I can tell you categorically, Medicare does NOT pay for home care, Assisted Living, Memory Care, or Adult Family Homes.
Medicare does pay for nursing home care IF the patient spent three days in a Hospital on a non-observation basis and was then released to an Skilled Nursing Facility (SNF). And, then, Medicare only pays for some of SNF care and for NOT MORE than 100 days.
How do I know this? Because people come to my office on day 101.
There was and probably still is a sentence on Medicare.gov that says “Medicare does not pay for long-term care.” Makes sense. If Medicare did pay for all the elderly and disabled in-home care in America, it would go broke.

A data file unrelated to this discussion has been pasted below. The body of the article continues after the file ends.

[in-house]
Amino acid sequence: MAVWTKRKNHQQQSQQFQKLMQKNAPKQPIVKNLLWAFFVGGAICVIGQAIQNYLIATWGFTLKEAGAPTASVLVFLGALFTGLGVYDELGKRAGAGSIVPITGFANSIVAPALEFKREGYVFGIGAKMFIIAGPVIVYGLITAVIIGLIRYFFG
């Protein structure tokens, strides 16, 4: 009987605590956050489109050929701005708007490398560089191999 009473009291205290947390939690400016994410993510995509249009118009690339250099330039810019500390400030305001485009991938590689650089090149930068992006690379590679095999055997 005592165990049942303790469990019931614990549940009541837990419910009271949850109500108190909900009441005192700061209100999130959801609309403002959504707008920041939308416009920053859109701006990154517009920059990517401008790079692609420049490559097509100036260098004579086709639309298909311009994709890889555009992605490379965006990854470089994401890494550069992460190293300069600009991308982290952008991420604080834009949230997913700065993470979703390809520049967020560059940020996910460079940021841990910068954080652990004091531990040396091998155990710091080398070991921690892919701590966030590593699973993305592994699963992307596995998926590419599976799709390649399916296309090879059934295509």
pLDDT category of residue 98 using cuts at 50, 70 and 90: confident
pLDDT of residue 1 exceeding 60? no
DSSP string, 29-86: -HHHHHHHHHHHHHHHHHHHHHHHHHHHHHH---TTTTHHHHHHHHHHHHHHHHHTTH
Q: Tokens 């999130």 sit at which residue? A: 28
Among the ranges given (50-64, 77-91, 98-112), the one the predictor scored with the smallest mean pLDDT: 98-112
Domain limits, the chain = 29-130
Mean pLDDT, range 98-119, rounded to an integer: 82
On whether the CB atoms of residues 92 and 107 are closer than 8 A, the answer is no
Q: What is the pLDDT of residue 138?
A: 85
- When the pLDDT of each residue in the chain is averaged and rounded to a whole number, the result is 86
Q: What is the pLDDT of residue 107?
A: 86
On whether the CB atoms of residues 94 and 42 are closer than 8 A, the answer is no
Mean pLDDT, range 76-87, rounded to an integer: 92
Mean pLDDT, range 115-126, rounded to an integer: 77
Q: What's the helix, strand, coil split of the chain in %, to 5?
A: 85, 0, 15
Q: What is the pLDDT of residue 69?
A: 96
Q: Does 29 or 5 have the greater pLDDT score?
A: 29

Long term care is covered by MediCAID, BUT…

Long term care is covered by Medicaid, but you are only eligible for Medicaid AFTER you  have run through ALL OF YOUR ASSETS.
Medicaid is not Medicare and it only kicks in when all of your other resources are exhausted. It is also important to note that it can be very difficult to find a bed in a decent facility with only Medicaid coverage.
If I could go back in time to 1964 when Congress was considering the Amendment to the Social Security Act as part of the LBJ’s great society and sit in the meeting in which they decided to call the program that pays for long term care “Medicaid”, I’d slap them.  Ever since that time, there has been confusion about Medicare and Medicaid.

Long term care is very expensive

Home care is the most expensive form of care. Twenty four hour care in my state tops out at $240,000.